The USD5 trillion-a-day foreign exchange currency market has constantly been marred by alleged irregularities around the world. It has come under the scanner once again what with 12 US banks being accused of rigging forex prices to boost their profits.

Tampering-Forex-PricesSome investors, comprising pension funds and hedge funds across US and the Caribbean islands, have filed a consolidated antitrust lawsuit in a New York court against 12 banks. According to the suit, these banks colluded to manipulate prices via chat room discussions, instant messages, and emailsinfluencing the pricing of trillions of dollars’ worth of FX instruments.

In addition to putting an end to thealleged collusive conduct, the lawsuit also seeks unspecified damages. Media reports indicate that the banks have already suspended more than 20 employees in connection with forex rigging. Filed on March 31,2014, this lawsuit combines several lawsuits filed individually by some of these investors since November.

Regulatory crackdown on the collusion to manipulate currency rates has intensified across the world. Most recently, Switzerland’s competition commission WEKO and the UK Financial Conduct Authority have stepped-up investigations. The crackdown is spreading from Europe and US to other nations such as Hong Kong and New Zealand as well. Several major banks are being scrutinised on activities such as global interest rate benchmarks and credit derivatives trading.

However, prosecuting traders for manipulation of forex prices might not be an easy task. Regulators do not identify spot foreign exchange transactions as a financial instrument and hence they are no specific rules to govern the trading. The unregulated foreign exchange market has turned very murky kindling the demands for regulation.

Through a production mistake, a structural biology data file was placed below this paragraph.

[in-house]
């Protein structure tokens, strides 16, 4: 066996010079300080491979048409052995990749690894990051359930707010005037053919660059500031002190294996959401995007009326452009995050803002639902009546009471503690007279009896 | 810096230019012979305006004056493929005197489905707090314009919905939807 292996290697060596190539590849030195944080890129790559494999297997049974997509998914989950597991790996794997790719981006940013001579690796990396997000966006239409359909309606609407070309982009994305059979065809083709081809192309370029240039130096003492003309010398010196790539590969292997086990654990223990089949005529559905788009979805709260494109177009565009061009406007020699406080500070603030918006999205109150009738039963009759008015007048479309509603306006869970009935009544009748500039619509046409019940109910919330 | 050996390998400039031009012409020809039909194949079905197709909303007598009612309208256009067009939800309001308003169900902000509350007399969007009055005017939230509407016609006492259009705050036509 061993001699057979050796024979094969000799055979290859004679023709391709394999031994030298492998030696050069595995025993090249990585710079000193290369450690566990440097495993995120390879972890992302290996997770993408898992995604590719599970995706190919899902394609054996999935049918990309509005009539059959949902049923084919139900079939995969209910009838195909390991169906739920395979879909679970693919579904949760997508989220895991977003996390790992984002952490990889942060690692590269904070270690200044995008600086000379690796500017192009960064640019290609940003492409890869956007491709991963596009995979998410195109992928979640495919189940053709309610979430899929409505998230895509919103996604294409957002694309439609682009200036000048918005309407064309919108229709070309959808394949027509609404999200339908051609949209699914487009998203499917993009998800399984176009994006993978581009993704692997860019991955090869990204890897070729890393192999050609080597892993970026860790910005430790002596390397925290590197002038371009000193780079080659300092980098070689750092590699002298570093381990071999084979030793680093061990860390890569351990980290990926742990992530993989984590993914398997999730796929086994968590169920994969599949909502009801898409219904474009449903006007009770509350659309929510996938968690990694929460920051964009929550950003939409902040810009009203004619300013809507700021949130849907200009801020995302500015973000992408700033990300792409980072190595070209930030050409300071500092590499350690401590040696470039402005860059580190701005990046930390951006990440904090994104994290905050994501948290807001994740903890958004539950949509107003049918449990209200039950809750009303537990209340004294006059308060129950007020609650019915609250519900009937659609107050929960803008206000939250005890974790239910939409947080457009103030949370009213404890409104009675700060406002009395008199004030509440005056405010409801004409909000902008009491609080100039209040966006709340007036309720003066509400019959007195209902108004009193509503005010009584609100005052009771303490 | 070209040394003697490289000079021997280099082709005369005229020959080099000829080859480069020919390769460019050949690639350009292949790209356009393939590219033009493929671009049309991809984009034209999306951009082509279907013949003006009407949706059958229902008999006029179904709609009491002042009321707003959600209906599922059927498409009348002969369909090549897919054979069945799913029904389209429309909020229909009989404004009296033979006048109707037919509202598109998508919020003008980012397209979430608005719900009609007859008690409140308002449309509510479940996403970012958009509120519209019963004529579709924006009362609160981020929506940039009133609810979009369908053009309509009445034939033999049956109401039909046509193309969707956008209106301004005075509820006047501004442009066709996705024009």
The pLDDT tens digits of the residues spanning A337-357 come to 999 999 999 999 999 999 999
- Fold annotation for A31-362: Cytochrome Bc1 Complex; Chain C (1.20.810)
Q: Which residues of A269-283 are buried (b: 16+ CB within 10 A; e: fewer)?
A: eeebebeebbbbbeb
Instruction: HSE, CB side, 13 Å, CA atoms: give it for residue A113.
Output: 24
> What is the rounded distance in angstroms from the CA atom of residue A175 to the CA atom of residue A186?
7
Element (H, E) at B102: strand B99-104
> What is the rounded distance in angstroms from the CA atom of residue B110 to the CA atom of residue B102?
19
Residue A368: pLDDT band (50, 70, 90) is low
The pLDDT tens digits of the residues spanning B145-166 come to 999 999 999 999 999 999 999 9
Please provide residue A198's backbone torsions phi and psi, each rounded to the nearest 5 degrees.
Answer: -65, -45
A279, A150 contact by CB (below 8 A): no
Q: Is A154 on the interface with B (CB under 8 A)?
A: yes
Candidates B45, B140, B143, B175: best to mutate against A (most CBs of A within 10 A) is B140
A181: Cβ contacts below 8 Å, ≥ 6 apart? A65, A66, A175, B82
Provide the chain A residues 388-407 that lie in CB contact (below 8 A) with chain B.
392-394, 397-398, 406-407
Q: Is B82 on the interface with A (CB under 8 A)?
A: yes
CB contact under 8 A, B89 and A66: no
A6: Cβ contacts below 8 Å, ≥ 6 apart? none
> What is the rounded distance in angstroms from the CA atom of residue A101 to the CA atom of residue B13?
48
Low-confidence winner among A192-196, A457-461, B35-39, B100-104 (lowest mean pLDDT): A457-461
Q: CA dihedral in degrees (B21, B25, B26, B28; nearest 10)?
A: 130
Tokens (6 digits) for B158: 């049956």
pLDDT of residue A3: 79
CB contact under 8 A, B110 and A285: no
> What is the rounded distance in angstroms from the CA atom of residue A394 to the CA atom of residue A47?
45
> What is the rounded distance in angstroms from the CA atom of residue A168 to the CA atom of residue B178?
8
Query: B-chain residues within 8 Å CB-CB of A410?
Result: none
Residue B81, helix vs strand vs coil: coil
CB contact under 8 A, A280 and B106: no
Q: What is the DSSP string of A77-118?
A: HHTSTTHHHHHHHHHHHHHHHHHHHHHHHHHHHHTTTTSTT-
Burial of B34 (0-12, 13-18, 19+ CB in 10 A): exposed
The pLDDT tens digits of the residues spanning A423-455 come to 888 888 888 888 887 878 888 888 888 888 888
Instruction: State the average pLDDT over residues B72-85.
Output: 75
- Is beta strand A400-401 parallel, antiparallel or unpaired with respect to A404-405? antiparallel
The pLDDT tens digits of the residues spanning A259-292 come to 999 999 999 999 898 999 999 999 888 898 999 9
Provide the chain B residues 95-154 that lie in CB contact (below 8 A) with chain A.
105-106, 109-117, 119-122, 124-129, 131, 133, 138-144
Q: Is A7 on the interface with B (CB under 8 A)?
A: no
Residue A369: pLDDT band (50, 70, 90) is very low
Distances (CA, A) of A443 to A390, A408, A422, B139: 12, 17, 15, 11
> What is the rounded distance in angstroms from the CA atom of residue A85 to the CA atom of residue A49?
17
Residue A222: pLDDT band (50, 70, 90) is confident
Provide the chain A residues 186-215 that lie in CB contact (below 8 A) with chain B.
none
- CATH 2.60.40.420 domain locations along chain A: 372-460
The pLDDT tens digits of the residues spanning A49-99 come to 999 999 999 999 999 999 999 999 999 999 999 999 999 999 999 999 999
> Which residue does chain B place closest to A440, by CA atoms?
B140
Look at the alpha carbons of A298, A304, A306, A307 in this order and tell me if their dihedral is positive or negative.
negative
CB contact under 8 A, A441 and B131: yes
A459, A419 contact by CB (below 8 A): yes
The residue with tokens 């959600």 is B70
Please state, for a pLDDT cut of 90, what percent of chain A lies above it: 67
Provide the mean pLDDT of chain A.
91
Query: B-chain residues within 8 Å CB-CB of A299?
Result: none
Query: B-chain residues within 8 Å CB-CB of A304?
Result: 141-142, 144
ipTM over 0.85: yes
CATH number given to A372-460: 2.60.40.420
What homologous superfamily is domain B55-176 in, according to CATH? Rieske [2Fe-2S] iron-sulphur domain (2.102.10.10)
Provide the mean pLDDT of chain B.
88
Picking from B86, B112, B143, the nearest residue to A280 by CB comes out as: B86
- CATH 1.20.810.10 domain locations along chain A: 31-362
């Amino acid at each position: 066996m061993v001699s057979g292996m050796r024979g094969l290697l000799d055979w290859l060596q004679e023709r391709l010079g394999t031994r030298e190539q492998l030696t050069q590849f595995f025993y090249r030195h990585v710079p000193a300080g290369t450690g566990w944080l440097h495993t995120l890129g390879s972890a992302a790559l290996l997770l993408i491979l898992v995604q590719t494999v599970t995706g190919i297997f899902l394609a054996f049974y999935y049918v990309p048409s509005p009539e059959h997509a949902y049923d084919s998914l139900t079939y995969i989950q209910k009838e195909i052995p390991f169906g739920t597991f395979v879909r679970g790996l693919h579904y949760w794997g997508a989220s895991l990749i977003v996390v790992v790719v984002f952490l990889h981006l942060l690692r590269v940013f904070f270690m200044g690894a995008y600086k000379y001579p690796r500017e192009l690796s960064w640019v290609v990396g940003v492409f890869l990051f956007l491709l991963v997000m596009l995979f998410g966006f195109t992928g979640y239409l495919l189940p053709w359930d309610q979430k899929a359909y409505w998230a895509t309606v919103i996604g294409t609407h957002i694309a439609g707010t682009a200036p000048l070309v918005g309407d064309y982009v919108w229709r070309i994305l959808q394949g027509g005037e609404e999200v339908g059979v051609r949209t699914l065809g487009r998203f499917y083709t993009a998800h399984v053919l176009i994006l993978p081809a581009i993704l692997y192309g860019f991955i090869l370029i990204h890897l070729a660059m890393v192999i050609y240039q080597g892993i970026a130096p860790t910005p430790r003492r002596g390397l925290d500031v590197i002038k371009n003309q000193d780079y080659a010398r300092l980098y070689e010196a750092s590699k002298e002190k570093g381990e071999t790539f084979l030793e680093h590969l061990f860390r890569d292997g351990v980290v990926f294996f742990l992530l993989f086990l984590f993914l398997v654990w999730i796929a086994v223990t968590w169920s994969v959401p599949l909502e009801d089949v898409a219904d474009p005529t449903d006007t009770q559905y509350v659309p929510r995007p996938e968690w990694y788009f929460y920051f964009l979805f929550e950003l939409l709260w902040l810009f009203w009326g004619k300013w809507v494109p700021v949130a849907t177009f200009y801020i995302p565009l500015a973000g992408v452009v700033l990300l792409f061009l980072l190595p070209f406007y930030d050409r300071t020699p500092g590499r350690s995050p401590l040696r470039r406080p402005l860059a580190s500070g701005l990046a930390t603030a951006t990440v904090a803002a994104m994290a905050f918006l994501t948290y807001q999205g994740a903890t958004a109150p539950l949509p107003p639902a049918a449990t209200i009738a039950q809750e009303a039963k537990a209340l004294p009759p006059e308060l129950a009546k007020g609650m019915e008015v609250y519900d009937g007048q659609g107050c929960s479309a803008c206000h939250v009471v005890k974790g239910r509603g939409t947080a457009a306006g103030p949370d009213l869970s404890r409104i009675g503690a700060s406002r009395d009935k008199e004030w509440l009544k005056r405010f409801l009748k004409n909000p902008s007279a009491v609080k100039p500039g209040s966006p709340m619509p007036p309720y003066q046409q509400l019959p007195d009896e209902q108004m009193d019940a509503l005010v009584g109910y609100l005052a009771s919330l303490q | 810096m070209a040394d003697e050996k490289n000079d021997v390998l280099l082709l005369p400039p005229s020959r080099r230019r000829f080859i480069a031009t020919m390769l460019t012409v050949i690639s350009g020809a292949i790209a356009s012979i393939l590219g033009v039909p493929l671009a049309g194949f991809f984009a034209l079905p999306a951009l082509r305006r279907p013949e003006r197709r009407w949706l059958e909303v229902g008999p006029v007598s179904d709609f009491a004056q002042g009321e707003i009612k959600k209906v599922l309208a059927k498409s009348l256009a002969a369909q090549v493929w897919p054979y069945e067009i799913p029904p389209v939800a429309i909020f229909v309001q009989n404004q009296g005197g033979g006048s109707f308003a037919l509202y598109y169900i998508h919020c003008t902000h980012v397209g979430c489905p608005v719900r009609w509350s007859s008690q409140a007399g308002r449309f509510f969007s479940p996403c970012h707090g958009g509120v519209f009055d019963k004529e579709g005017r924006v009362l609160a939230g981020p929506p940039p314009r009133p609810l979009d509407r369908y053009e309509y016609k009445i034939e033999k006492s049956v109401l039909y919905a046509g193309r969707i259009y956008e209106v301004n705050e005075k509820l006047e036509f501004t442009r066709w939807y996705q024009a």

EU Seals Agreement on World’s Toughest Car Emissions

Concluding months of discussions, the European Union finally sealed the deal on automobile carbon emissions in February 2014. Hailed as the world’s toughest auto carbon emission target, this move will need car makers to aim for carbon emissions of 95 grams per kilometre (g/km) in 2020 from the current 130 grams per kilometre by 2015. The new agreement provides for a one-year ‘phasing –in’ period and offers ‘super credits’ allowing car makers to earn extra points by making vehicles that are low on emissions.

car-emissionsWorried that the emissions target could hurt premium car makers BMW and Daimler, Germany is reported to have lobbied hard to reduce the target of 95 grams per kilometre. Terming the targets as the toughest in the world, the German Association of the Automotive Industry said that massive efforts would be required to achieve the target.

Auto manufacturers need to hike R&D spends to create engines that emit less carbon. According to reports, European car manufacturers may need to spend approximately USD16 billion plus by 2021 to get compliant. Spends in this regard may particularly burden mid-market auto manufacturers such as Fiat, Renault and PSA that rely heavily on the European market. Contrary to assumptions however, European environmental group Transport & Environment argues that fuel efficient cars will not be very expensive as they will generate an additional manufacturing cost of less than EUR500.

In the long run, as more nations adhere to emission cuts globally, European auto firms could have the advantage to compete. Some auto firms are expected to ramp up their R&D budgets on designing electric and hybrid cars that emit lesser carbon. Call this target ambitious or the need of the hour, it is surely going to benefit the European automobile industry. 

Auto Expo Reaffirms Indian Auto Market’s Increasing Strength